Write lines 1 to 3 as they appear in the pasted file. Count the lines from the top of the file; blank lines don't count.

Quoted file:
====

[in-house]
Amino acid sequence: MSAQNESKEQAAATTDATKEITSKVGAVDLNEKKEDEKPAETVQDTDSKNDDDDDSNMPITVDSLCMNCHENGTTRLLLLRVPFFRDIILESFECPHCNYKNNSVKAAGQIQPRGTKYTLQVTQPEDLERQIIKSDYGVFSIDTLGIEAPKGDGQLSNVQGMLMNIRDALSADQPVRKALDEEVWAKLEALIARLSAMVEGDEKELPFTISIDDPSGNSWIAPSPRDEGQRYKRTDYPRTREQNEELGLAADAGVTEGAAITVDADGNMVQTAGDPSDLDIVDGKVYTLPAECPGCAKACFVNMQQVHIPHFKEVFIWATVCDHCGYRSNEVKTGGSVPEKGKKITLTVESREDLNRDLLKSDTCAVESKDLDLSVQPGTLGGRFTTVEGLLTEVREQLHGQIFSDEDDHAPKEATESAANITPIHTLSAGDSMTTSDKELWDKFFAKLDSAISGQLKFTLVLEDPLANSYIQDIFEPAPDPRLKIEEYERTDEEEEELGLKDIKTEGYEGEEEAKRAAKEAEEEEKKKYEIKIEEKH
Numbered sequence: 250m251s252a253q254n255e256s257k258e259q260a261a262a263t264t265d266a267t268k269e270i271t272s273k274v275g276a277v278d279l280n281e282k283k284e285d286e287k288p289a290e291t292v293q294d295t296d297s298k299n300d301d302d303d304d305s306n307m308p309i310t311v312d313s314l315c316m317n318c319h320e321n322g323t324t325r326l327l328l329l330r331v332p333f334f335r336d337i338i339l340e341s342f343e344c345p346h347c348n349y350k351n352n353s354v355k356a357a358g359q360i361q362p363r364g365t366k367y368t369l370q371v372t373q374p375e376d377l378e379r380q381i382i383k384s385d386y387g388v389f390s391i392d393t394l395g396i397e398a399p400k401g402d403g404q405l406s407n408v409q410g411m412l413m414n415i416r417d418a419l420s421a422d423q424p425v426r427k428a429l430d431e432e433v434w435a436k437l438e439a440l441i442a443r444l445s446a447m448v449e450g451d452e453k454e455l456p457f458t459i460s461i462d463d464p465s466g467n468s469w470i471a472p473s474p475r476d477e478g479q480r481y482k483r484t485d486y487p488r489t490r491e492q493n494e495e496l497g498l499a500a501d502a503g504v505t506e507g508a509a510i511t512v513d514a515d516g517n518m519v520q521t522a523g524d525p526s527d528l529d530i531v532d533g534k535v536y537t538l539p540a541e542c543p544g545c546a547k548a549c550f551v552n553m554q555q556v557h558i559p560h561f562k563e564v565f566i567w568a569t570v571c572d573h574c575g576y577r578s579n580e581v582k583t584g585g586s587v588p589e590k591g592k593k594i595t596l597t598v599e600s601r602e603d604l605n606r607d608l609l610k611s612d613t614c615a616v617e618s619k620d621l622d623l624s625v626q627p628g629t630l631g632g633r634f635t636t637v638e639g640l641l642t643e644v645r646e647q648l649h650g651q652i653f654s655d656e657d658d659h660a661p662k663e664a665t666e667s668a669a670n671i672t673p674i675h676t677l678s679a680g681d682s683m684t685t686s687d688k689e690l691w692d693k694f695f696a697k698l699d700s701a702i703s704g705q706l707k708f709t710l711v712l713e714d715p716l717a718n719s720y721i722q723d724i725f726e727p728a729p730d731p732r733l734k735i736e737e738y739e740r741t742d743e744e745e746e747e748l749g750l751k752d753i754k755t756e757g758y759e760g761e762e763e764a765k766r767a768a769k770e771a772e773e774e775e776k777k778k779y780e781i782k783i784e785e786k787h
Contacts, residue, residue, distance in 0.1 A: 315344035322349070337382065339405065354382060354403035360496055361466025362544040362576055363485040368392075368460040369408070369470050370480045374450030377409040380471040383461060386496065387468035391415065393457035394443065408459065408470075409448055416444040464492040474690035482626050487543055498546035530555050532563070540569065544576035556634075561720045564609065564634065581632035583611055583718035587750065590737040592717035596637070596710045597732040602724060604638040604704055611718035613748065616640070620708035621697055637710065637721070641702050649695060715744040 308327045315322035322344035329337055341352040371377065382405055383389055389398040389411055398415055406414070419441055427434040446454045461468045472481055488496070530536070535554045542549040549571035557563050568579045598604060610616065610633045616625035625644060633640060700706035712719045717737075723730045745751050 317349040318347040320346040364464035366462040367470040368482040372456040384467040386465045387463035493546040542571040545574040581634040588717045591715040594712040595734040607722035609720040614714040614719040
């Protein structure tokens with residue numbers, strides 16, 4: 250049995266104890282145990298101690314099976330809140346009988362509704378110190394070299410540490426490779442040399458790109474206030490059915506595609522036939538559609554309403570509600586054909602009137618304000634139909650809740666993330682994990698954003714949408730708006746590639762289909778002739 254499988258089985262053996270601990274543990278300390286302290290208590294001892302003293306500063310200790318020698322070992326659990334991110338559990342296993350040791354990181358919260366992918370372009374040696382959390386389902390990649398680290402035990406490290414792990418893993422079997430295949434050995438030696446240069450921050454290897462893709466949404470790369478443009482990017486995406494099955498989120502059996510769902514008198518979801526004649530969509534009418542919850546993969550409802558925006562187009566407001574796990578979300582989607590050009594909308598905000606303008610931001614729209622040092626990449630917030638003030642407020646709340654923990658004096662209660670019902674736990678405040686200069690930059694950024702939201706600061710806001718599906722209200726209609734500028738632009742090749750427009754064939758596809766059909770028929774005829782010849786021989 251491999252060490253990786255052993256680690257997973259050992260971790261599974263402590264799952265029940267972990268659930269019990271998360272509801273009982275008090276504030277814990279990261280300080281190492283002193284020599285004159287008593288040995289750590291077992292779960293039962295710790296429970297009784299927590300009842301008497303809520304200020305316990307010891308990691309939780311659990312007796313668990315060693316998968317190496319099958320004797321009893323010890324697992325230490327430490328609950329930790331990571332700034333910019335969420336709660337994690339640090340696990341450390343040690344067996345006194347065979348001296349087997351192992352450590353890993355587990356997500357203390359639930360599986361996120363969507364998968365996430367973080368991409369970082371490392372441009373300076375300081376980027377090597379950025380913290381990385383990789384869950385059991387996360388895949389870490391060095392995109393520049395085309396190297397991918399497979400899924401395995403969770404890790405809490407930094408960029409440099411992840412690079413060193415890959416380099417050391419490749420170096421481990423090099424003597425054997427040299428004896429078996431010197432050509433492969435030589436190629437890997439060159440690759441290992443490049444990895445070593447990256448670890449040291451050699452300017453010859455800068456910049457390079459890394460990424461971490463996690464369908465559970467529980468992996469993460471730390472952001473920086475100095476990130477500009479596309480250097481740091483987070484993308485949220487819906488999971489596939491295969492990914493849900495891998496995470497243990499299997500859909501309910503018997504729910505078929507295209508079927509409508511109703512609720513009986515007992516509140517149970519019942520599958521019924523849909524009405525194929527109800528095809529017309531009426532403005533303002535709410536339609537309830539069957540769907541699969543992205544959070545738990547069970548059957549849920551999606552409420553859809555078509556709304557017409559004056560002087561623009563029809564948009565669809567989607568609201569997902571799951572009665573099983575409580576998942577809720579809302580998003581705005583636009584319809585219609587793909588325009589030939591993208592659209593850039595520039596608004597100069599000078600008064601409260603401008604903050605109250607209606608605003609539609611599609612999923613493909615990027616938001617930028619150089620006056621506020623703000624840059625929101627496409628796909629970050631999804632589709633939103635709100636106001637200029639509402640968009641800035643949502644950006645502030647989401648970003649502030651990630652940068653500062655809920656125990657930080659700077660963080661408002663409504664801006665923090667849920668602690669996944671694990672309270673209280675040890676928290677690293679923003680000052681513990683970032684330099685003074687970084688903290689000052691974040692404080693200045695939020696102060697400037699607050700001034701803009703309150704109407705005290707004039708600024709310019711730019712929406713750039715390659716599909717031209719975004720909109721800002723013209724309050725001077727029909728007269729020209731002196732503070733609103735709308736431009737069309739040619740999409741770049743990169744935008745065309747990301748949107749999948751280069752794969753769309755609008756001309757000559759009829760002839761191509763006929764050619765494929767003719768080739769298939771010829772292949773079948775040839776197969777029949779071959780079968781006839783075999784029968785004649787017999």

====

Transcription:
[in-house]
Amino acid sequence: MSAQNESKEQAAATTDATKEITSKVGAVDLNEKKEDEKPAETVQDTDSKNDDDDDSNMPITVDSLCMNCHENGTTRLLLLRVPFFRDIILESFECPHCNYKNNSVKAAGQIQPRGTKYTLQVTQPEDLERQIIKSDYGVFSIDTLGIEAPKGDGQLSNVQGMLMNIRDALSADQPVRKALDEEVWAKLEALIARLSAMVEGDEKELPFTISIDDPSGNSWIAPSPRDEGQRYKRTDYPRTREQNEELGLAADAGVTEGAAITVDADGNMVQTAGDPSDLDIVDGKVYTLPAECPGCAKACFVNMQQVHIPHFKEVFIWATVCDHCGYRSNEVKTGGSVPEKGKKITLTVESREDLNRDLLKSDTCAVESKDLDLSVQPGTLGGRFTTVEGLLTEVREQLHGQIFSDEDDHAPKEATESAANITPIHTLSAGDSMTTSDKELWDKFFAKLDSAISGQLKFTLVLEDPLANSYIQDIFEPAPDPRLKIEEYERTDEEEEELGLKDIKTEGYEGEEEAKRAAKEAEEEEKKKYEIKIEEKH
Numbered sequence: 250m251s252a253q254n255e256s257k258e259q260a261a262a263t264t265d266a267t268k269e270i271t272s273k274v275g276a277v278d279l280n281e282k283k284e285d286e287k288p289a290e291t292v293q294d295t296d297s298k299n300d301d302d303d304d305s306n307m308p309i310t311v312d313s314l315c316m317n318c319h320e321n322g323t324t325r326l327l328l329l330r331v332p333f334f335r336d337i338i339l340e341s342f343e344c345p346h347c348n349y350k351n352n353s354v355k356a357a358g359q360i361q362p363r364g365t366k367y368t369l370q371v372t373q374p375e376d377l378e379r380q381i382i383k384s385d386y387g388v389f390s391i392d393t394l395g396i397e398a399p400k401g402d403g404q405l406s407n408v409q410g411m412l413m414n415i416r417d418a419l420s421a422d423q424p425v426r427k428a429l430d431e432e433v434w435a436k437l438e439a440l441i442a443r444l445s446a447m448v449e450g451d452e453k454e455l456p457f458t459i460s461i462d463d464p465s466g467n468s469w470i471a472p473s474p475r476d477e478g479q480r481y482k483r484t485d486y487p488r489t490r491e492q493n494e495e496l497g498l499a500a501d502a503g504v505t506e507g508a509a510i511t512v513d514a515d516g517n518m519v520q521t522a523g524d525p526s527d528l529d530i531v532d533g534k535v536y537t538l539p540a541e542c543p544g545c546a547k548a549c550f551v552n553m554q555q556v557h558i559p560h561f562k563e564v565f566i567w568a569t570v571c572d573h574c575g576y577r578s579n580e581v582k583t584g585g586s587v588p589e590k591g592k593k594i595t596l597t598v599e600s601r602e603d604l605n606r607d608l609l610k611s612d613t614c615a616v617e618s619k620d621l622d623l624s625v626q627p628g629t630l631g632g633r634f635t636t637v638e639g640l641l642t643e644v645r646e647q648l649h650g651q652i653f654s655d656e657d658d659h660a661p662k663e664a665t666e667s668a669a670n671i672t673p674i675h676t677l678s679a680g681d682s683m684t685t686s687d688k689e690l691w692d693k694f695f696a697k698l699d700s701a702i703s704g705q706l707k708f709t710l711v712l713e714d715p716l717a718n719s720y721i722q723d724i725f726e727p728a729p730d731p732r733l734k735i736e737e738y739e740r741t742d743e744e745e746e747e748l749g750l751k752d753i754k755t756e757g758y759e760g761e762e763e764a765k766r767a768a769k770e771a772e773e774e775e776k777k778k779y780e781i782k783i784e785e786k787h